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WHAT WORKS IN EDUCATION The George Lucas Educational Foundation

Sage Advice: What's the best way to stay connected to parents?

Sage Advice: What's the best way to stay connected to parents?

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Some of you may remember we had a column in the Edutopia magazine called Sage Advice. Now that we're going online-only, we wanted to reignite the spirit of Sage Advice here in the Edutopia community. Anyone can post a Sage Advice question. All you have to do is put the words "Sage Advice" in front of your question. And Sage Advice questions can be posted in any of the groups. And of course, anyone can answer a Sage Advice question. So without further ado, here's the first one... What's the best way to stay connected to parents?

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Phil's picture
Teacher and Ed-Tech Blogger at BrokenAirplane.com

If you are considering going the text message route, you might want to use a Gmail account to send them.


This way you can cut and paste a message like "Open House is at 7pm" instead of having to type it out individually on the phone and add each contact manually.

Additionally, this would not charge your phone for the text, and all of the responses would come from and go to your gmail account. This keeps your phone number private and free from tons of messages.

Folwell Dunbar's picture
Folwell Dunbar
School Leader at Young Audiences Charter School

I once planned a Family Math and Science Night with an elementary school in New Orleans. The faculty and I spent hours and hours organizing the event. We put together model lessons, created interactive games, displayed student work, and lined up several guest speakers. We were pumped up like show dogs! Unfortunately, we didn't take into consideration a number of potential obstacles. Lack of transportation and babysitting along with a conflicting event (a football game) doomed our endeavor. As a result, the night was a complete wash. Only a handful of parents came and we accomplished almost nothing. As is always the case in education though, we did learn from the experience.
As we all know, parental involvement is essential for meaningful and sustainable whole-school change. The challenge of course is getting it. How do we lure them in and how do we keep them onboard? One strategy many schools use is to hold major parent-teacher events. These might include open house, portfolio parties, tea with the teachers, family reading nights, PTO meetings, volunteer and career days, celebrations of learning, and project fairs. All of these can be incredibly worthwhile, yet they can also be costly and discouraging wastes of time. So, what can we do to insure a successful event? The following are just a few of the keys culled from experience:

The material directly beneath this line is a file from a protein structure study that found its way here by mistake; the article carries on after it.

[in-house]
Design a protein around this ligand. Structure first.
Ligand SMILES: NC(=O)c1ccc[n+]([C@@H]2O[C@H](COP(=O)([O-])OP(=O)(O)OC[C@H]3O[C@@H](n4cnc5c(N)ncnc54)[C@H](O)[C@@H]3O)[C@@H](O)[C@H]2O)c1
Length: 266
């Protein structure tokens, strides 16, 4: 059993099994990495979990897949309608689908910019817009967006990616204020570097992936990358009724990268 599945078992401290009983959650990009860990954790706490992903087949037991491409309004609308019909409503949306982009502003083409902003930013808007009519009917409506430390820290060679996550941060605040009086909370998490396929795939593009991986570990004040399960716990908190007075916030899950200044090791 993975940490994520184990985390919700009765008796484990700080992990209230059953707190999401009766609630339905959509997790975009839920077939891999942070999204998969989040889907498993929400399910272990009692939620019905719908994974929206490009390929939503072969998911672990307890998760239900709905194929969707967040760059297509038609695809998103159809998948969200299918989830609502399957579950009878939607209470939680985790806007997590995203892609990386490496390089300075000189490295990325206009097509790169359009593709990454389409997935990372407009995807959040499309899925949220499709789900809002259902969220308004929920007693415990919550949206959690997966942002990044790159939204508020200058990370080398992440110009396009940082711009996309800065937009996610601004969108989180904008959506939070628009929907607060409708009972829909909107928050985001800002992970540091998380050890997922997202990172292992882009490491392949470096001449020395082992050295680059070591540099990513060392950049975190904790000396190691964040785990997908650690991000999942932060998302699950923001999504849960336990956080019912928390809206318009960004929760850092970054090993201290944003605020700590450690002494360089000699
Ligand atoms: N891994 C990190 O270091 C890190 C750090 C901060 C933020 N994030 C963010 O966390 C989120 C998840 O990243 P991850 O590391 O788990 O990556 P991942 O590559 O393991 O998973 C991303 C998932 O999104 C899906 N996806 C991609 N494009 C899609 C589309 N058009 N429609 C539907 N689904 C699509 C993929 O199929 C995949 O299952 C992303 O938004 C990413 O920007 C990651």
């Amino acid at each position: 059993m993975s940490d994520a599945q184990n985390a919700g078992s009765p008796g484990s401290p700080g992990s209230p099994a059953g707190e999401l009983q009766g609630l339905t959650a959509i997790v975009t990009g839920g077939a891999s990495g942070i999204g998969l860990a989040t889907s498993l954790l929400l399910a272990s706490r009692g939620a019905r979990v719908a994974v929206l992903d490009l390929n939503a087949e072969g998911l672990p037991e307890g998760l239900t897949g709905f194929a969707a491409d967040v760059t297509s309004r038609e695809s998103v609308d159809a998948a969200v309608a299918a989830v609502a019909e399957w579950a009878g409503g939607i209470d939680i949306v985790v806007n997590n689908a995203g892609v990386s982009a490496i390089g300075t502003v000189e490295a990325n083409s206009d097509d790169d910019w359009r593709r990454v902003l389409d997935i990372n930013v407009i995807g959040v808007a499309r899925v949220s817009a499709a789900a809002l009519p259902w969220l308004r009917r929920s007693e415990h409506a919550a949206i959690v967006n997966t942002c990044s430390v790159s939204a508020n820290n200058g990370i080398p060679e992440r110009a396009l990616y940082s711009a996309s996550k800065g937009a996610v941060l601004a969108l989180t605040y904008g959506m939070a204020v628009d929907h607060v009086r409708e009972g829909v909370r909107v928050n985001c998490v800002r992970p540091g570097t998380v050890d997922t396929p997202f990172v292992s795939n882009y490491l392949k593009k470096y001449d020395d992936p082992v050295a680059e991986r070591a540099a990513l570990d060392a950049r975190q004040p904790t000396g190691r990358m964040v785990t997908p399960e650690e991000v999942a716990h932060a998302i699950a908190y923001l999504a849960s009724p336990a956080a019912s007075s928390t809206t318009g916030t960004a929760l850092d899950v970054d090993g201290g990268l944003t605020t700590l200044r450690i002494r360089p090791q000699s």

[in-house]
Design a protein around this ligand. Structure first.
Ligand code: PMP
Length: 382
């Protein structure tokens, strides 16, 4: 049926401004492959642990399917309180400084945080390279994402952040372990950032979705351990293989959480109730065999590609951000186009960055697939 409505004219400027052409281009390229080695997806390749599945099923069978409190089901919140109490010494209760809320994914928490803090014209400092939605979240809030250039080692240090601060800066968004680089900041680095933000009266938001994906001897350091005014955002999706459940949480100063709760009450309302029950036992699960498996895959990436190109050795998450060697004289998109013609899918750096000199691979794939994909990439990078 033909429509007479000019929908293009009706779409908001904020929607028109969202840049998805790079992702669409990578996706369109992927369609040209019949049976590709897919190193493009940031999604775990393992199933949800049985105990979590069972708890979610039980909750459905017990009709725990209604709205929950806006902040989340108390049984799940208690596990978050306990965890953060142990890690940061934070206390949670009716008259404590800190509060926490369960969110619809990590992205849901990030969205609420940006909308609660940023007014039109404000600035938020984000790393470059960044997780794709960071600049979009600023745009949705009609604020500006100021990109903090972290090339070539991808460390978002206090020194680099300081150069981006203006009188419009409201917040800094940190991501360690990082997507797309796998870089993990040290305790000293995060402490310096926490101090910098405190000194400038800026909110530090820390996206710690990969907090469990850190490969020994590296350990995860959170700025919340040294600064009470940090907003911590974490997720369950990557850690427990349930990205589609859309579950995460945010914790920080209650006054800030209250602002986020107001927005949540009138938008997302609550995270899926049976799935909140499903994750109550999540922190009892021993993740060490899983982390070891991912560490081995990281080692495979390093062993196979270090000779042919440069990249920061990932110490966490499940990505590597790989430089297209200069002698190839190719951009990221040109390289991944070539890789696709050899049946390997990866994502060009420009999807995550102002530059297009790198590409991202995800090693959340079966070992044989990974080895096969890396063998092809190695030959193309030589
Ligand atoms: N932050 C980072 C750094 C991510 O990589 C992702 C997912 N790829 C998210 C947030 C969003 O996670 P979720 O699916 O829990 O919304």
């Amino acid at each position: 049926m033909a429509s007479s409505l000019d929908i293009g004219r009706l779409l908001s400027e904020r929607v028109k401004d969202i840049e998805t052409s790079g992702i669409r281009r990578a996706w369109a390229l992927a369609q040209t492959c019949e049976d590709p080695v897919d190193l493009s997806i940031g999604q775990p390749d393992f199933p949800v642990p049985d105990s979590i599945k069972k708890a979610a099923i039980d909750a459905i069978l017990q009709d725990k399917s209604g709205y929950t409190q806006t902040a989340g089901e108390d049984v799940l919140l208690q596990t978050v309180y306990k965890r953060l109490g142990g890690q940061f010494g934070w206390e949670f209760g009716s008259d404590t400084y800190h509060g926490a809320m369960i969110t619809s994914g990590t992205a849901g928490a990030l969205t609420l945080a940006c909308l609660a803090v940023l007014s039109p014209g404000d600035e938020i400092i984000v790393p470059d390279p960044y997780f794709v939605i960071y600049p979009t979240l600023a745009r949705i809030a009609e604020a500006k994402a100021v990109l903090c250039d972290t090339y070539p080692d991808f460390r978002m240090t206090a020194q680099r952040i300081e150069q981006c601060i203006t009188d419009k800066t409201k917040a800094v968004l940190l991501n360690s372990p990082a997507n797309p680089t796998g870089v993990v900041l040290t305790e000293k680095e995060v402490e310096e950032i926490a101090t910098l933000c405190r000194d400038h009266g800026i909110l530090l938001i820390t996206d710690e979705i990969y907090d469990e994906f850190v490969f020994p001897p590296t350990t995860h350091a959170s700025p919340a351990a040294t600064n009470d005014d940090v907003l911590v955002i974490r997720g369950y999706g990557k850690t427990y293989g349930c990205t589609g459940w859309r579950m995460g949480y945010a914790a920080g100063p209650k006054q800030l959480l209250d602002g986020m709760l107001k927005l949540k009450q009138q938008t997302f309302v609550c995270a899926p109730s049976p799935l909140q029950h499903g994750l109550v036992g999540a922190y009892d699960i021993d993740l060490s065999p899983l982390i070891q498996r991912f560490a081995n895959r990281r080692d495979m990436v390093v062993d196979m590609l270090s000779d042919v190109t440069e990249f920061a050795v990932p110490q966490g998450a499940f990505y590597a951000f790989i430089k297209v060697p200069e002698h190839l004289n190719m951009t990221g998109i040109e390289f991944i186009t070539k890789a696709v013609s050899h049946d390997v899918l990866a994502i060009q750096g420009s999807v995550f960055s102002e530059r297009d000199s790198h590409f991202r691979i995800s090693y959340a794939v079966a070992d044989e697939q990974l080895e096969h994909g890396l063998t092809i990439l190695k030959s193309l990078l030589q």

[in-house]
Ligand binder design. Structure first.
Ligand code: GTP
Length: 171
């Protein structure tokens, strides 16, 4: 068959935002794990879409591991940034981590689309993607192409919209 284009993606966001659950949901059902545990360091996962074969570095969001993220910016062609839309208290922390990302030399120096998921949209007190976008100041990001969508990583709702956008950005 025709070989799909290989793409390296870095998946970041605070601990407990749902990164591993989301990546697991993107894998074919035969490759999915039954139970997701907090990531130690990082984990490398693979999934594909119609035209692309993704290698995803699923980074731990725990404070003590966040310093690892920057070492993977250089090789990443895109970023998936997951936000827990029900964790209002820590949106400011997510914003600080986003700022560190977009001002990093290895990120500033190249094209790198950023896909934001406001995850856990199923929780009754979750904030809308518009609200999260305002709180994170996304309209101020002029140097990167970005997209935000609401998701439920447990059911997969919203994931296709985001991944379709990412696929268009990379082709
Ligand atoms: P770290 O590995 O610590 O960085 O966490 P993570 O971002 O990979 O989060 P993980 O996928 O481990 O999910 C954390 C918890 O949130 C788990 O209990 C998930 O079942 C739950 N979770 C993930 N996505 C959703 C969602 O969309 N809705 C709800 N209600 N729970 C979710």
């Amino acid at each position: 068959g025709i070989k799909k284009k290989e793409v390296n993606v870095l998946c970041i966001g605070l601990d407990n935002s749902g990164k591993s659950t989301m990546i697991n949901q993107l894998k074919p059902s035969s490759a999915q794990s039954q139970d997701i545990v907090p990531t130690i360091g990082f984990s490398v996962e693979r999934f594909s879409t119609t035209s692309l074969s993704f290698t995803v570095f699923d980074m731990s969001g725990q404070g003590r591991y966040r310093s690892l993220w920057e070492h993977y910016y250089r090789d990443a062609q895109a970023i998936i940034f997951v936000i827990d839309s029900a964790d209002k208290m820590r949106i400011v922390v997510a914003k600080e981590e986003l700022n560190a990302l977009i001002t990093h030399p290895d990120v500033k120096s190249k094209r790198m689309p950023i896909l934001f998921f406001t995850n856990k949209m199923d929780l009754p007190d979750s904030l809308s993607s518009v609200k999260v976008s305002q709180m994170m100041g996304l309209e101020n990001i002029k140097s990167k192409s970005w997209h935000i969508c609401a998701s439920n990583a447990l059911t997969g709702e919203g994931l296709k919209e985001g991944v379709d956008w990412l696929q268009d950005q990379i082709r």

1. Work Together! When it comes to designing a winning program, input from parents, teachers, administrators, students, and community partners is critical. Form a committee or action team that includes all or most of these players. Establish norms, designate a team leader, put together a mission statement and a timeline, delegate responsibilities, brainstorm and work toward consensus. Remember, strength in numbers comes with cooperation and commitment.
2. Poll the Parents! As any hunter would attest, you have to know your prey. Find out what parents need and want, where they live and what they do. Give them a survey and crunch the numbers. Figure out what the obstacles are and how best to maneuver around them. From agenda items and menu requests to preferential times and special needs, the more you know, the fewer the mistakes. To quote a principal, "knowledge is power."
3. Talk to the Teachers! Involvement is a two-way street. Ask the faculty (and the students) to share their hopes and fears, ideas, experiences, and concerns. Have them look at the test data and scour the school improvement plan. Process their contributions and prioritize accordingly. Make sure that the fruits of their labor are well worth all the blood, sweat, time, and tears.